POSTS WITH TAG: kid health

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    In the eyes of many natural moms, commercial bug spray presents more dangers to their kids than the insects they repel. And they have some reason to worry -- studies have shown that pesticides like DEET can cause a host of problems in children. So what's a holistic-minded mom to do, short of letting her kids get bitten to death? One option is you can make your own bug spray at home. As is the case with all-natural remedies, it's best to consult your doctor before trying them, and test for allergies on a small area of skin first. But since the ingredients are all-natural, the odds of an adverse reaction are slim. Here we highlight five all-natural recipes from holistic bloggers and explain what makes them effective.

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    Nothing can put a damper on summer fun faster than a sunburn. And as hard as moms try to keep it from happening, sooner or later, your kids are bound to come home looking like lobsters. Then what? Luckily there are plenty of ways to treat sunburn and ease their discomfort. Here are a few things that can provide some relief.

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    Mosquito bites suck, literally. No child gets through summer without getting bit, a lot. And since kids rarely possess the self control to not scratch 'til they bleed, it's imperative that parents know the best way to treat mosquito bites so they can minimize their little one's discomfort. Here are the steps to take:

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    Like many overprotective moms, I slather my kid in sunscreen all summer. The irony? According to the Environmental Working Group, many store-bought sunscreens contain potentially dangerous ingredients, from allergens to toxic chemicals. In an effort to shield their kids from these health threats, a growing number of holistic moms are swapping recipes on how to make your own natural sunscreen at home.

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    One of my earliest (but definitely not fondest) childhood memories occurred at age 4 when a bee whizzed by and stung me on the face. Granted, I'd swatted at it first, so I guess I had it coming to me. Needless to say, bee and wasp stings can be terrifying for kids, and many parents don't know the right way to treat them. Here's how to minimize the damage:

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    For kids, summer comes with the added risk of injury, from scrapes to bug bites to poison ivy. But according to holistic health experts, a bunch of natural treatments can be found right in your own home, and even cobbled together into your own kid-friendly summer first-aid kit. As with anything, of course, you should consult your doctor first to make sure these treatments are right for you. Here are a few worth considering:

    Photo via Jessica Lucia/Flickr

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    Breakfast is said to be the most important meal of the day, and what better ingredients to include in it than vitamins. Right? Maybe not. According to the Environmental Working Group (EWG), overly fortified cereals can be bad for kids

    In its annual report, the organization found that some popular cereals contain lots of zinc, niacin, and vitamin A.That doesn't sound so bad, so what's the problem?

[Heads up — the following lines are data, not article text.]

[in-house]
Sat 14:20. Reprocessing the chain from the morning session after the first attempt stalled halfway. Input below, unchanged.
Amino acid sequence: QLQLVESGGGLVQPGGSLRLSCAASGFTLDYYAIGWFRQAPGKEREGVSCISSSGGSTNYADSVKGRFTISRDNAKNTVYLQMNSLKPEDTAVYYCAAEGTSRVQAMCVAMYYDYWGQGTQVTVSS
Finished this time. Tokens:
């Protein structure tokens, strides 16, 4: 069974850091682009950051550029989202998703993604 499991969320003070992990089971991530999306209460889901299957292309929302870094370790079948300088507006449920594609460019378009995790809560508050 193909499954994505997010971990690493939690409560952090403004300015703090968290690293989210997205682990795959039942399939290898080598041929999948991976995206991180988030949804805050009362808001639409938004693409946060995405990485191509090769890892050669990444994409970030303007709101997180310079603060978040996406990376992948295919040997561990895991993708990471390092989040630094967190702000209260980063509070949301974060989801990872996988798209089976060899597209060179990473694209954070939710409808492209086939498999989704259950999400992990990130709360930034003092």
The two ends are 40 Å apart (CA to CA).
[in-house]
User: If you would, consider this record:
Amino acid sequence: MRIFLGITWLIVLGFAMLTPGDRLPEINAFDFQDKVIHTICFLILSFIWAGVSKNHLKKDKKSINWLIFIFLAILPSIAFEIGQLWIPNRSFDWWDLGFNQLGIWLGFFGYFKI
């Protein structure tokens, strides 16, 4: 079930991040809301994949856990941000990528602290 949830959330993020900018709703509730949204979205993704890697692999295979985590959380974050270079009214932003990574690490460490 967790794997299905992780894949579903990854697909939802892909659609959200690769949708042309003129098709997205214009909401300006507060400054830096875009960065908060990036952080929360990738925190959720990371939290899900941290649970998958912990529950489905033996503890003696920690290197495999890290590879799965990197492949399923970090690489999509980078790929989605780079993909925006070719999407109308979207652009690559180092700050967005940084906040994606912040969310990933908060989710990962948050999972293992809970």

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    There are some oddball milestones in parenting, aren't there? A recent one for me was taking my son to see Godzilla. The noise, the monsters, the immersive nature of watching it in IMAX 3D ... there was a time I would've predicted that sort of movie outing would have been about as successful as trying to force-feed him a bag of live spiders.

    It seems so obvious in retrospect: he wouldn't have enjoyed a loud dramatic movie because he was too young. But at the time, I thought of him as quirky. I mentally referred to his sensory issues. It occurs to me -- now that he's older, now that I'm not so caught up in how he compares to other kids his age -- that our easy access to an infinite amount of anecdotal medical information has ruined our collective ability to let our kids develop at their own pace.

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    A mom named Christy Riggs has gone to battle with her daughter's school, because the San Antonio, Texas district has banned sunscreen. Apparently, the North East Independent School District won't allow students to bring block with them to school -- even when they're outside on a field trip -- because it's considered a toxic substance. Yes, really.

    School district spokesperson Aubrey Chancellor said allergies are just one of several reasons why they won't allow it, claiming that students may share it, get it in their eyes, and have a serious reaction. Rrrright. But isn't getting sunburned -- even once, very badly, which studies show could double chances of melanoma -- considered a "serious reaction," as well?!

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    It's been going on so long, it's practically tradition. Teachers pack papers in a kid's bookbag to send home to Mom and Dad. Kid gets out of the teacher's sight, and they take a peek at whatever said paper says. But what a 9-year-old girl in New York City found on a note to her parents recently was shocking -- for both child and Mom. The slim third grader was being labeled "overweight" in a school health assessment.

    At 4 feet, 1 inch tall and 66 pounds, the idea that Gwendolyn Williams is in any way overweight is ludicrous. She looks like most third graders -- healthy. But just as ludicrous is the notion that a school would put the thought in a young child's head that their body size matters.

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